The Open 2018: Ash Turner’s journey from cerebral palsy to his first golf major
|The 147th Open Championship|
|Venue: Carnoustie, Scotland Dates: 19-22 July|
|Coverage: Live across BBC Radio, highlights on BBC TV and online, live text commentaries on BBC website.|
When Ash Turner tees off at the unforgiving Carnoustie course on Thursday, he can rest safe in the knowledge that he has already overcome his toughest challenge.
A freakish accident at the age of one, when he fell into a fish tank and fractured his skull, left him with a rare form of cerebral palsy. There were fears he may never be able to walk properly again.
Incredibly, the 22-year-old from Lincolnshire is now preparing to play in the 147th Open Championship - his first major tournament.
The condition he suffered from until the age of six, called ataxia, affected muscle control in his arms and legs. His parents, Simon and Angie, turned to golf as a way of improving his co-ordination and balance.
"I don't remember much," he said. "Only what my parents have told me, but the main problem was that I couldn't put my heel on the floor properly and would only walk on my toes.
"When I fell over, I wouldn't put my hands out, so for the first three years at school I had to wear a crash helmet.
"My dad had played a lot of golf when he was younger. And so my parents bought me some plastic clubs to see if it would help. And it did.
"I was soon smashing the ball out of our back garden, which was when they bought my first proper set of clubs."
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From 800 quid last week to a £10m prize pot
At the age of four, his parents took him to see the professional at their local club in Louth, Paul Spence.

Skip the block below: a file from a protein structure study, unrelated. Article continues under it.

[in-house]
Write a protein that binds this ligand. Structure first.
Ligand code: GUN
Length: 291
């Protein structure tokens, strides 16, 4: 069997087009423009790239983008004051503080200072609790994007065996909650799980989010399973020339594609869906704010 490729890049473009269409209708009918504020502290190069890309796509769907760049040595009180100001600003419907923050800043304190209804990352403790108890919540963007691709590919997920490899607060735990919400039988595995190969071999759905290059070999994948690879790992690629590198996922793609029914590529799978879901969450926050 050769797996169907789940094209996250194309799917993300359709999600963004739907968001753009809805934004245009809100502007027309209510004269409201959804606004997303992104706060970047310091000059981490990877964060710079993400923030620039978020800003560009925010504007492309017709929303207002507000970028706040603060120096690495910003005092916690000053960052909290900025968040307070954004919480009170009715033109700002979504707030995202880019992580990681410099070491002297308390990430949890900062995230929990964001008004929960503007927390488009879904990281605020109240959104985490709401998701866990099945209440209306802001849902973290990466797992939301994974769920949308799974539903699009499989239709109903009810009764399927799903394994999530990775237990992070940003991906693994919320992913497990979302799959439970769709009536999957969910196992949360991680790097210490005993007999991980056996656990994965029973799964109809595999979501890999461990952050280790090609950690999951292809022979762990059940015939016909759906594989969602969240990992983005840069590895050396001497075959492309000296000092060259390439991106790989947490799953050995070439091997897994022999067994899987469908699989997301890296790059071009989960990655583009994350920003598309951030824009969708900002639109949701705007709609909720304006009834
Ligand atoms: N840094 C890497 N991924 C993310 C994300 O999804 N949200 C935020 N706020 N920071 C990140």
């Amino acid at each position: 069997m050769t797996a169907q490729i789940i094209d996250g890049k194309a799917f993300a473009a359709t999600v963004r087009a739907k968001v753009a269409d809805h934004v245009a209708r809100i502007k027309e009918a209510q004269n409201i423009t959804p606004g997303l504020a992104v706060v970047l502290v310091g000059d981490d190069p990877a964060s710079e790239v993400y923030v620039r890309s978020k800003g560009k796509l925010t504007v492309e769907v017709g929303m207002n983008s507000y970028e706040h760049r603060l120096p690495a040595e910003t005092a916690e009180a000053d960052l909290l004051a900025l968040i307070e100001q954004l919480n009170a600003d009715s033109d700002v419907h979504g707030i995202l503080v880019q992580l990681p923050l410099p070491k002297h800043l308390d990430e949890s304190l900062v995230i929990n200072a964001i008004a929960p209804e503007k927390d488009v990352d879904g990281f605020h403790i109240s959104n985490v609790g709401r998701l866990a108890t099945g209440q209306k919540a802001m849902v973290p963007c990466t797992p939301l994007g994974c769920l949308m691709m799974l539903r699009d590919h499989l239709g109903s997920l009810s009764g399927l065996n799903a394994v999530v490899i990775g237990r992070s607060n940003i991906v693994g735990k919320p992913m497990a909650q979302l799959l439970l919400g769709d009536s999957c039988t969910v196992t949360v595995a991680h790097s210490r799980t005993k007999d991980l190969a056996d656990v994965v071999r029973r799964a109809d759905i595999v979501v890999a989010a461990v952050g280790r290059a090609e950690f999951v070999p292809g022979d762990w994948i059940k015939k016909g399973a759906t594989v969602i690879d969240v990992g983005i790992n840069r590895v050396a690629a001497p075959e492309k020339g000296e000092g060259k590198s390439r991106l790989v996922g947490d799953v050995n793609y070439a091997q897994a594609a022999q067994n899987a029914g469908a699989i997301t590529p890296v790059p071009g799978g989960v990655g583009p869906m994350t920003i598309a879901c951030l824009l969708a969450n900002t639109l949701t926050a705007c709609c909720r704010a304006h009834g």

Almost two decades on, Spence is still the man responsible for shaping Turner's swing as he seeks to advance his golf career.
"Spen was great for me," he added. "And Kenwick Park was such a great club to join. Everyone was so friendly and helpful and made it easy for a youngster to be part of, which isn't always the case at some clubs."
After making steady progress through the schoolboy ranks, the former English amateur international competed in his first European Tour event in May.
He opened with a 72 in Sicily, but then fell away with a second-round 78 to miss the cut.
But he learnt a lot from that experience, as he showed by the nerveless way he fired three birdies and an eagle in his last five holes to qualify for Carnoustie by finishing top of Final Qualifying at Hollinwell last month.
Last week, he pocketed £800 for finishing 10th in a minor tour event in Leeds.
In Scotland the prize pot is close to £10m - and victory would make him an overnight millionaire.
"I feel my game is on an upward curve," he said. "Coming through regional qualifying, then winning at Hollinwell was a big boost."
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'Playing with Tiger Woods is insane'
He also has the experience of playing at Carnoustie before in the 2015 Amateur Championship.
Not that there is much similarity between the sunbaked, straw-coloured, barren course he has walked in practice rounds this week to the weather he encountered three years ago - his final year as an amateur.
"It was raining hard, the wind was blowing, the rough was high and it was hard to reach certain greens," he said. "This week, the fairways are running faster than the greens.
"I just hope I can make progress this week. I know I'll be bricking it on the first tee, but, once I've got that out of the way, I just want to settle down and enjoy the round.
"Nobody said being a professional golfer would be easy. But golf has been clearly great for me. And, from where I've come from, to get into the Open and now be playing in the same major as Tiger Woods, is just insane."
Turner, who tees off with with American Sean Crocker and Malaysian Gavin Green at 11:15 BST, is the youngest of six Englishmen making their major debut.
Marcus Armitage, Tom Curtis, James Robinson, Jordan Smith and Matt Wallace are the others hoping to make the cut.